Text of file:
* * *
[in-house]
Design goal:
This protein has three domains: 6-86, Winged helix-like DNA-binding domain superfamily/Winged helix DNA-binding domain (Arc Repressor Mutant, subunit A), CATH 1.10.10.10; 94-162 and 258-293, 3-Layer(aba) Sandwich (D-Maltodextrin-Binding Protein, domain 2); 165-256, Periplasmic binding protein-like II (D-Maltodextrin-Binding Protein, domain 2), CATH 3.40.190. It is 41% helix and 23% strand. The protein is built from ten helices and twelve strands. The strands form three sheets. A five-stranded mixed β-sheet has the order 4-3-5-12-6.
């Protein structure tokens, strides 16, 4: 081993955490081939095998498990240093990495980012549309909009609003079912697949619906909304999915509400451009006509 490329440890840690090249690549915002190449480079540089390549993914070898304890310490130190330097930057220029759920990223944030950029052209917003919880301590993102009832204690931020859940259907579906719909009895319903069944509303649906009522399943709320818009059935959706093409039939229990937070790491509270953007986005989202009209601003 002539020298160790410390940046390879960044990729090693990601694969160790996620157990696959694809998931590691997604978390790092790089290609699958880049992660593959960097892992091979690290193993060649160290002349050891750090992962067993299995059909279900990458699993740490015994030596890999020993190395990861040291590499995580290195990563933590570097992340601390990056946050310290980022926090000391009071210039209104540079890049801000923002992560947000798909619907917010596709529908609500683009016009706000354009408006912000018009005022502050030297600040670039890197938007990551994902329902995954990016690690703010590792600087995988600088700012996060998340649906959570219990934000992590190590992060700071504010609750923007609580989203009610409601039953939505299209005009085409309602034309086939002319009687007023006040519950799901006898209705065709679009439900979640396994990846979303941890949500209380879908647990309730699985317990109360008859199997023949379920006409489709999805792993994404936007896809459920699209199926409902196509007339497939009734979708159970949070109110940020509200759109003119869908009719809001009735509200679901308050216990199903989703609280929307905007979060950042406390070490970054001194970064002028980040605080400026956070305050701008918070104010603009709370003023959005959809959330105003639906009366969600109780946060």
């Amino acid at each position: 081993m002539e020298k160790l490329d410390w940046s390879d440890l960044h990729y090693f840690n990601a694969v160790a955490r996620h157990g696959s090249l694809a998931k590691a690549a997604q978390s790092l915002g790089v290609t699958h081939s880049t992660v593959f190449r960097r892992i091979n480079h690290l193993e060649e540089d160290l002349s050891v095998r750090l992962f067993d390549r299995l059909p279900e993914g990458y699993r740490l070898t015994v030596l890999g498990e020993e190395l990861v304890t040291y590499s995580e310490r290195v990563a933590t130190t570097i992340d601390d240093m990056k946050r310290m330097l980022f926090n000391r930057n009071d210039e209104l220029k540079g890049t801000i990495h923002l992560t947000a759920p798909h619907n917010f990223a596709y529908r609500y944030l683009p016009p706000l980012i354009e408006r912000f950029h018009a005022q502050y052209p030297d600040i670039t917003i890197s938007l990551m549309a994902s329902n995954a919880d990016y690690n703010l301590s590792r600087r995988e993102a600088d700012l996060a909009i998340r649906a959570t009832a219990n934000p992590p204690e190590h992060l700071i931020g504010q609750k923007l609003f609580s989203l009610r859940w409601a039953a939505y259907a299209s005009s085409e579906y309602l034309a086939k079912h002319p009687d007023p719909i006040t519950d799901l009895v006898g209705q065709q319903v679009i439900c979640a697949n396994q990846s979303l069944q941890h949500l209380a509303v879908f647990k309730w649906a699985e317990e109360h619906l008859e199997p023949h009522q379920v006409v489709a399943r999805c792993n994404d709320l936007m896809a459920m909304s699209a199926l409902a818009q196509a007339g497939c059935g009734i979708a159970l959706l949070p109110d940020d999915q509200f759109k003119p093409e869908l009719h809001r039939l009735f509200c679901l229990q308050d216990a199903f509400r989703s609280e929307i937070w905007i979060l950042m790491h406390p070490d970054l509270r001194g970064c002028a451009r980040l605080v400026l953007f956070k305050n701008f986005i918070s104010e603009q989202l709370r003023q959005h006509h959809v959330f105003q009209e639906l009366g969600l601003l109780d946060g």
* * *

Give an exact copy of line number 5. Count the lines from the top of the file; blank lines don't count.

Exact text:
């Amino acid at each position: 081993m002539e020298k160790l490329d410390w940046s390879d440890l960044h990729y090693f840690n990601a694969v160790a955490r996620h157990g696959s090249l694809a998931k590691a690549a997604q978390s790092l915002g790089v290609t699958h081939s880049t992660v593959f190449r960097r892992i091979n480079h690290l193993e060649e540089d160290l002349s050891v095998r750090l992962f067993d390549r299995l059909p279900e993914g990458y699993r740490l070898t015994v030596l890999g498990e020993e190395l990861v304890t040291y590499s995580e310490r290195v990563a933590t130190t570097i992340d601390d240093m990056k946050r310290m330097l980022f926090n000391r930057n009071d210039e209104l220029k540079g890049t801000i990495h923002l992560t947000a759920p798909h619907n917010f990223a596709y529908r609500y944030l683009p016009p706000l980012i354009e408006r912000f950029h018009a005022q502050y052209p030297d600040i670039t917003i890197s938007l990551m549309a994902s329902n995954a919880d990016y690690n703010l301590s590792r600087r995988e993102a600088d700012l996060a909009i998340r649906a959570t009832a219990n934000p992590p204690e190590h992060l700071i931020g504010q609750k923007l609003f609580s989203l009610r859940w409601a039953a939505y259907a299209s005009s085409e579906y309602l034309a086939k079912h002319p009687d007023p719909i006040t519950d799901l009895v006898g209705q065709q319903v679009i439900c979640a697949n396994q990846s979303l069944q941890h949500l209380a509303v879908f647990k309730w649906a699985e317990e109360h619906l008859e199997p023949h009522q379920v006409v489709a399943r999805c792993n994404d709320l936007m896809a459920m909304s699209a199926l409902a818009q196509a007339g497939c059935g009734i979708a159970l959706l949070p109110d940020d999915q509200f759109k003119p093409e869908l009719h809001r039939l009735f509200c679901l229990q308050d216990a199903f509400r989703s609280e929307i937070w905007i979060l950042m790491h406390p070490d970054l509270r001194g970064c002028a451009r980040l605080v400026l953007f956070k305050n701008f986005i918070s104010e603009q989202l709370r003023q959005h006509h959809v959330f105003q009209e639906l009366g969600l601003l109780d946060g």